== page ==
This is the essential question in any board game. Given the current state of the board, whatever information I gleaned from my opponents, the strategy I thought would be good at the beginning of the game, what right now is the optimal choice?
And it’s that uncertainty that plays a big part in the enjoyment of games.
Uncertainty as driver of interesting decisions
You don’t need to ask a question if you know what the answer is (unless you’re one of those people…). Likewise, if it’s clear what to do, you don’t need to ponder what your next step should be. If you have no options or if there is one clearly superior choice, there is no real need for a decision.
And if there is no need for a decision, there certainly can’t be an interesting decision.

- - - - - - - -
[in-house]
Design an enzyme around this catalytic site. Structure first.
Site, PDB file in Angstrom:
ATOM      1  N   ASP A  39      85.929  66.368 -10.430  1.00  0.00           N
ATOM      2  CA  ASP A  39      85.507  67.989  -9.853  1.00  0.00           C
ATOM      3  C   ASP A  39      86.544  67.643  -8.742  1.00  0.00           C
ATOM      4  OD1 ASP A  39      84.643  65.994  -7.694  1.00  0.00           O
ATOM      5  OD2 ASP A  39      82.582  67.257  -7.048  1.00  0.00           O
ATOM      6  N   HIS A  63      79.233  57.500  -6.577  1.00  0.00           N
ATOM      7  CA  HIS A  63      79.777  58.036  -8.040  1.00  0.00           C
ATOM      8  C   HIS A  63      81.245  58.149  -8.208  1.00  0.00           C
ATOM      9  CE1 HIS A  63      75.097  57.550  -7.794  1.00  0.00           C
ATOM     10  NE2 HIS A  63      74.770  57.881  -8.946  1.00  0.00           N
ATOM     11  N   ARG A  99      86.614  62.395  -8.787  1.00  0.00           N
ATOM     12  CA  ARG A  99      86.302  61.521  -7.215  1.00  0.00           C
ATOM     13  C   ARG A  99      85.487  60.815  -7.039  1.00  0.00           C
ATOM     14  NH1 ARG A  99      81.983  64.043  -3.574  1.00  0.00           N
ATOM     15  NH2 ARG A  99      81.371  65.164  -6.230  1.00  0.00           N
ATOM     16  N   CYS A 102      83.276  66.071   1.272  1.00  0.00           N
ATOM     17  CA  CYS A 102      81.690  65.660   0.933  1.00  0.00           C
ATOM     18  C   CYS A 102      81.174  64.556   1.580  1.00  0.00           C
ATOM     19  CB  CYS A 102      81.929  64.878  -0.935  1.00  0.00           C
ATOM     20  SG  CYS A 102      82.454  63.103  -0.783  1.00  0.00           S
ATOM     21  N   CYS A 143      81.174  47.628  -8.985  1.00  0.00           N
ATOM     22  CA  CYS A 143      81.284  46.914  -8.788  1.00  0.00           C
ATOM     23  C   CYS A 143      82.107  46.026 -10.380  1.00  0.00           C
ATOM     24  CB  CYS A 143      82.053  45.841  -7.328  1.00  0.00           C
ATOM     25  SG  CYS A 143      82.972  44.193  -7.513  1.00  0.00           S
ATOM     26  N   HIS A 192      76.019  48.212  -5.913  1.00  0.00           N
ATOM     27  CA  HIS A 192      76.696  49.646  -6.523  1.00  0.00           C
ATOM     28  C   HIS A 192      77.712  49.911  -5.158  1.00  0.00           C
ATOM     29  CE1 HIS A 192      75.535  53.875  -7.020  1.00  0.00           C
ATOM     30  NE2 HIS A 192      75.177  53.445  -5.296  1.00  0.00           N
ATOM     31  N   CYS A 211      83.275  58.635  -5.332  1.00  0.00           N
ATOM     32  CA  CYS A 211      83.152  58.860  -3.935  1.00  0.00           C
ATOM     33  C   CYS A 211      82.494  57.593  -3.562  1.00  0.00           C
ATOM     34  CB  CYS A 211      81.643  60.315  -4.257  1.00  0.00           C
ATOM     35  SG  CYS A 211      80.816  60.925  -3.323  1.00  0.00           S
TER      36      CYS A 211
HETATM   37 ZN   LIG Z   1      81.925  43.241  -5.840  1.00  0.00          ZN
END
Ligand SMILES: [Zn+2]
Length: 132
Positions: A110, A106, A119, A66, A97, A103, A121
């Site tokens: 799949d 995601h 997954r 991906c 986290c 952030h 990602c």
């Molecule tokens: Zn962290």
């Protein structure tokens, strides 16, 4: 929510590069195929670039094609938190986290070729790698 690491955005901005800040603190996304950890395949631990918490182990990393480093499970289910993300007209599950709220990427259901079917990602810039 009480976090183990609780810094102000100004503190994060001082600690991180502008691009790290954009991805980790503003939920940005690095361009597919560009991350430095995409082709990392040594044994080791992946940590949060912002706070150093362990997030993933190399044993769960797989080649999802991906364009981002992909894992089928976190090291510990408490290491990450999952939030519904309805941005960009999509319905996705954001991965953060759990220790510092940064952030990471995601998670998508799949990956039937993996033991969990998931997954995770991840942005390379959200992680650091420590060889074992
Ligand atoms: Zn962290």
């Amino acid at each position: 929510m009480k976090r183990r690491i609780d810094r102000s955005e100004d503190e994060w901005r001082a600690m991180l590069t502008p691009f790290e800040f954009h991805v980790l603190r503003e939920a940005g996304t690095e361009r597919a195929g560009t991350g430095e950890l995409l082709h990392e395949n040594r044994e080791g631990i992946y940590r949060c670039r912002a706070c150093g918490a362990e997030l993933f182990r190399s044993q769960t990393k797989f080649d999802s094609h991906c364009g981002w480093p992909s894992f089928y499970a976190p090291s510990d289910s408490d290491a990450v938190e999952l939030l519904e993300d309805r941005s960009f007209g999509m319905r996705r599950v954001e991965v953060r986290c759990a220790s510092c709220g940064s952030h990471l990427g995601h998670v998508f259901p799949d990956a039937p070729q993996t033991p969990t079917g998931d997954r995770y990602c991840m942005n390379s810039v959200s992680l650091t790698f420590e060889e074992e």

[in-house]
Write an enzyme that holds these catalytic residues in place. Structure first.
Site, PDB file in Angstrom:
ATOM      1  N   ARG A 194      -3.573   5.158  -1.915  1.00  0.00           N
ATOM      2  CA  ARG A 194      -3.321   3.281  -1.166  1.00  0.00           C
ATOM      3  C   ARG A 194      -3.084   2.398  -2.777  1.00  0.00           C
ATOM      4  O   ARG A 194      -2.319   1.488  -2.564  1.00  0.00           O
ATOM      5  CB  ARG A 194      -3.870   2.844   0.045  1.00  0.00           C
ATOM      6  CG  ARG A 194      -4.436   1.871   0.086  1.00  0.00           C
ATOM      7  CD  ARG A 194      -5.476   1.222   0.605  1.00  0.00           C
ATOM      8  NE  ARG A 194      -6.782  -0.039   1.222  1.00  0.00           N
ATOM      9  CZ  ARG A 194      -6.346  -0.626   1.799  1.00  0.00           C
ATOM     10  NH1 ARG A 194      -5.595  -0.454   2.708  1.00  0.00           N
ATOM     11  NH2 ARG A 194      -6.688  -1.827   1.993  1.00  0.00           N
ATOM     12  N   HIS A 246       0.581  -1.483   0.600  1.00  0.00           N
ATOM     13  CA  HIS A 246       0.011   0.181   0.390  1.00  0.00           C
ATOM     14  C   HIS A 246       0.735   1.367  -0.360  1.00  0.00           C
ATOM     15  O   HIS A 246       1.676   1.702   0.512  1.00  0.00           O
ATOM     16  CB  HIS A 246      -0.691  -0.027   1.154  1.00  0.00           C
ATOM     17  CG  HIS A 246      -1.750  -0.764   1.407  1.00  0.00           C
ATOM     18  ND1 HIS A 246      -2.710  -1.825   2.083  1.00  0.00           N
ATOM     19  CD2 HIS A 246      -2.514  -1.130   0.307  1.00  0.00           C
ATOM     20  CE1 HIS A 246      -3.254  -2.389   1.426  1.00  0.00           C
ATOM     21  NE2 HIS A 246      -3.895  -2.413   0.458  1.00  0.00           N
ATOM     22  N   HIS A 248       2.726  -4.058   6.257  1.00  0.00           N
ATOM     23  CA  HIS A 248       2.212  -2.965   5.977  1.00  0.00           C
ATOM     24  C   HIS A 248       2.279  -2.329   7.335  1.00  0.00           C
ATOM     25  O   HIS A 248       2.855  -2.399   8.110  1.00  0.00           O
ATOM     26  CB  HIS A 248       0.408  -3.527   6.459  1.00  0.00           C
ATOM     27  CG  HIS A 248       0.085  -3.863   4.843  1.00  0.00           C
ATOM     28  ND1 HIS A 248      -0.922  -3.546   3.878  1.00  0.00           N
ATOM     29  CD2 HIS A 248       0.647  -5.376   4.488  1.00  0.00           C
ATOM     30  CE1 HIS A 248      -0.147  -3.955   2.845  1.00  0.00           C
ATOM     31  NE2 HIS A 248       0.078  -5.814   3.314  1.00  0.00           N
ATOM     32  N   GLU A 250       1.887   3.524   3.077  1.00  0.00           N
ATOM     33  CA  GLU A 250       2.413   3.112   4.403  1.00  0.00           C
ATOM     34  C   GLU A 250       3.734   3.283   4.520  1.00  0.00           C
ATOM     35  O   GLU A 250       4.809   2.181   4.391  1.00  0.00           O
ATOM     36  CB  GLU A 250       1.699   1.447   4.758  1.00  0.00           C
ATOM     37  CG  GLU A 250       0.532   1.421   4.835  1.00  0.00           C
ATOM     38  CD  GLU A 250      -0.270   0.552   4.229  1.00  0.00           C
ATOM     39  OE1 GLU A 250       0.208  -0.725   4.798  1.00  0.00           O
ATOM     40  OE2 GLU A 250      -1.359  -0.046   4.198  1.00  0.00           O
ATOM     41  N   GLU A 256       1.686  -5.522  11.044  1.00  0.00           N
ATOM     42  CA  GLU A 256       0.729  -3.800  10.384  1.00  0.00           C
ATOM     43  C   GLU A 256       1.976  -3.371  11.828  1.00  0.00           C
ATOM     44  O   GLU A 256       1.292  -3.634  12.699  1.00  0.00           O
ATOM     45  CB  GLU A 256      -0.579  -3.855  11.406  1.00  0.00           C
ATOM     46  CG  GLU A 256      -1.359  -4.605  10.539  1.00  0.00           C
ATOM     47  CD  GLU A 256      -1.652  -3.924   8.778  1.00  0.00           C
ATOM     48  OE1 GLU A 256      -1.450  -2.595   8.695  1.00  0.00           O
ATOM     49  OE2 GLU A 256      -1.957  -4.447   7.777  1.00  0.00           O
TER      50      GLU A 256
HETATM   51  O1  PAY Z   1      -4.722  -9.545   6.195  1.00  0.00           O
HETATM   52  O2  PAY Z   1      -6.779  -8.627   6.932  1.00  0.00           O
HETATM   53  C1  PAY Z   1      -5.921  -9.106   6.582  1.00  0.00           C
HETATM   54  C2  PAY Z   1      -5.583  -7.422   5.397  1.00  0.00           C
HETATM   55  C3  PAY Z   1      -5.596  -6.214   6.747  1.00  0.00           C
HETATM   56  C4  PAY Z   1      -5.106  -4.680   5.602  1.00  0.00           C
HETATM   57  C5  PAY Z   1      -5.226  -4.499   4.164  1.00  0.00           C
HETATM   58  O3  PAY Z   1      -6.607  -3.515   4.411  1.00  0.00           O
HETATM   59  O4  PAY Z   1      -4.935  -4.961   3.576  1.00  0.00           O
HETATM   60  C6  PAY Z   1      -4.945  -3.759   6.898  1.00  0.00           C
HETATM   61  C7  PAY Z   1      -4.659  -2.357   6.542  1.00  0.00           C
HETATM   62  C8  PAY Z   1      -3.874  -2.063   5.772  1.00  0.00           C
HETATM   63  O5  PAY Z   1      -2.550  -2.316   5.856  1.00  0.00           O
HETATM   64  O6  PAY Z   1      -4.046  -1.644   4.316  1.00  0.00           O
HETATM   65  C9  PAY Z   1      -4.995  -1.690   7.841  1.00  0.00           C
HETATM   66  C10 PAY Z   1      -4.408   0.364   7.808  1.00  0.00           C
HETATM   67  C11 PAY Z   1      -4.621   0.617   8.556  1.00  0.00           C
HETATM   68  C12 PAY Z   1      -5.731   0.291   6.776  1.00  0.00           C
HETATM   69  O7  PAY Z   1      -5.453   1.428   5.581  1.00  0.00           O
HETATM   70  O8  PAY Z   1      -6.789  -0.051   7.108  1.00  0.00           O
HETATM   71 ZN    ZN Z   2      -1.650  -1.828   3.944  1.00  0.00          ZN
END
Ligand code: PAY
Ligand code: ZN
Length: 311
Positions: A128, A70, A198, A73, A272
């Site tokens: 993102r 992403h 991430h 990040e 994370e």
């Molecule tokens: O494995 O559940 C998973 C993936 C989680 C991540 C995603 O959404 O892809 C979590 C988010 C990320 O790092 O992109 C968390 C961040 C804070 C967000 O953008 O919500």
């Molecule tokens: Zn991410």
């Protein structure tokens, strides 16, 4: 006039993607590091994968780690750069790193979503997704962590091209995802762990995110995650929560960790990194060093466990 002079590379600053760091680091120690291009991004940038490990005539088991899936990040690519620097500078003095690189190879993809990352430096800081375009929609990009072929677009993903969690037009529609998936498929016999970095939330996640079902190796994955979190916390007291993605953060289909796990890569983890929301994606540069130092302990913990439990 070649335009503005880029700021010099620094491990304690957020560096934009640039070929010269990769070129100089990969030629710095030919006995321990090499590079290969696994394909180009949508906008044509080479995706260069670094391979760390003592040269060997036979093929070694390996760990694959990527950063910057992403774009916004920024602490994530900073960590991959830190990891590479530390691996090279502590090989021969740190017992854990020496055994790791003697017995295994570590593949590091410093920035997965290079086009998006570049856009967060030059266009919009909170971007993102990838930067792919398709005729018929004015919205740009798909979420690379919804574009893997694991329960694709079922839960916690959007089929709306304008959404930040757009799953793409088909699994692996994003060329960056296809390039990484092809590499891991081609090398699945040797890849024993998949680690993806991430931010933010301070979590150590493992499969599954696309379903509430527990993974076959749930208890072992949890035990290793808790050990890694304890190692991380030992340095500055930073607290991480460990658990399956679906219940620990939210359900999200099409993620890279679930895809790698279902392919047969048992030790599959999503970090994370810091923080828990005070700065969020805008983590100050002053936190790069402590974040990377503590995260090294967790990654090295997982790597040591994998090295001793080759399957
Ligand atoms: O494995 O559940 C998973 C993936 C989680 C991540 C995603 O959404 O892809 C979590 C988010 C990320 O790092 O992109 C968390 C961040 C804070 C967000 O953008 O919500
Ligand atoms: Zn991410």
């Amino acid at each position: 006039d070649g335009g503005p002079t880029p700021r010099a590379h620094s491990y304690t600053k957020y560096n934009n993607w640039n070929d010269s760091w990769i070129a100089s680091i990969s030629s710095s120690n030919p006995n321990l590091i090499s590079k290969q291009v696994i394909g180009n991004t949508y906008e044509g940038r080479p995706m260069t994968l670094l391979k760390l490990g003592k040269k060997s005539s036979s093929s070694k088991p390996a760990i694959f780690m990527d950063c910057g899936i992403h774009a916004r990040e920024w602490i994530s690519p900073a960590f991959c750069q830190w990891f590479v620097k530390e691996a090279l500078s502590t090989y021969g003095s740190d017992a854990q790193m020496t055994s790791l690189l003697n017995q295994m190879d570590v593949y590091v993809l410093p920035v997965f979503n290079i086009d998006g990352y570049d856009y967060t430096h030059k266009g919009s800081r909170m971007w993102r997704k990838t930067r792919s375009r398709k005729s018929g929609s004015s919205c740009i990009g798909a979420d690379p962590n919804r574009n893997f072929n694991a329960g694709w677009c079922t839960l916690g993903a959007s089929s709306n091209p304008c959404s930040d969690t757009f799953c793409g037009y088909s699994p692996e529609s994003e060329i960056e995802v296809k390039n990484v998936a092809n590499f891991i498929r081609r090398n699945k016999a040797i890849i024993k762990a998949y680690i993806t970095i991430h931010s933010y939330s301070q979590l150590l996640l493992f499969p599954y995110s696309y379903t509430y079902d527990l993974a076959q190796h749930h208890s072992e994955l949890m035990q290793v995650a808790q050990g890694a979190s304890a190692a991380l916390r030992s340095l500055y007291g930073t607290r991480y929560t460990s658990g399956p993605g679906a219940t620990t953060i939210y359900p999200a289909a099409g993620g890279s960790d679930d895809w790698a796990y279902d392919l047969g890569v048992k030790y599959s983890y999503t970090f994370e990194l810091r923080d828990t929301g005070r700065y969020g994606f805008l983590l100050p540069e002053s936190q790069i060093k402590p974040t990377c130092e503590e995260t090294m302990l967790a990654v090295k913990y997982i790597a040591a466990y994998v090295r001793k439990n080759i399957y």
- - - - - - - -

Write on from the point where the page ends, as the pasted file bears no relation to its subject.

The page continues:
Thus, there needs to be uncertainty: What option is best? What will get me most in the long run? And in the short run? What is most important right now? And how will my opponents respond?
Not knowing the right answer is what makes a choice interesting.
You see the side-kick walking to the edge of the cliff and as the camera pans down we see the hero hanging by her fingernails. The side-kick reaches down and pulls the hero up…
Not particularly interesting, is it? At no point do you feel that there is actual trouble. Sure, hanging from your fingernails isn’t nice, but help is right there!
To be at the edge of our seats we need to worry, to hope for a miraculous safe. We need to be uncertain of what is going to happen.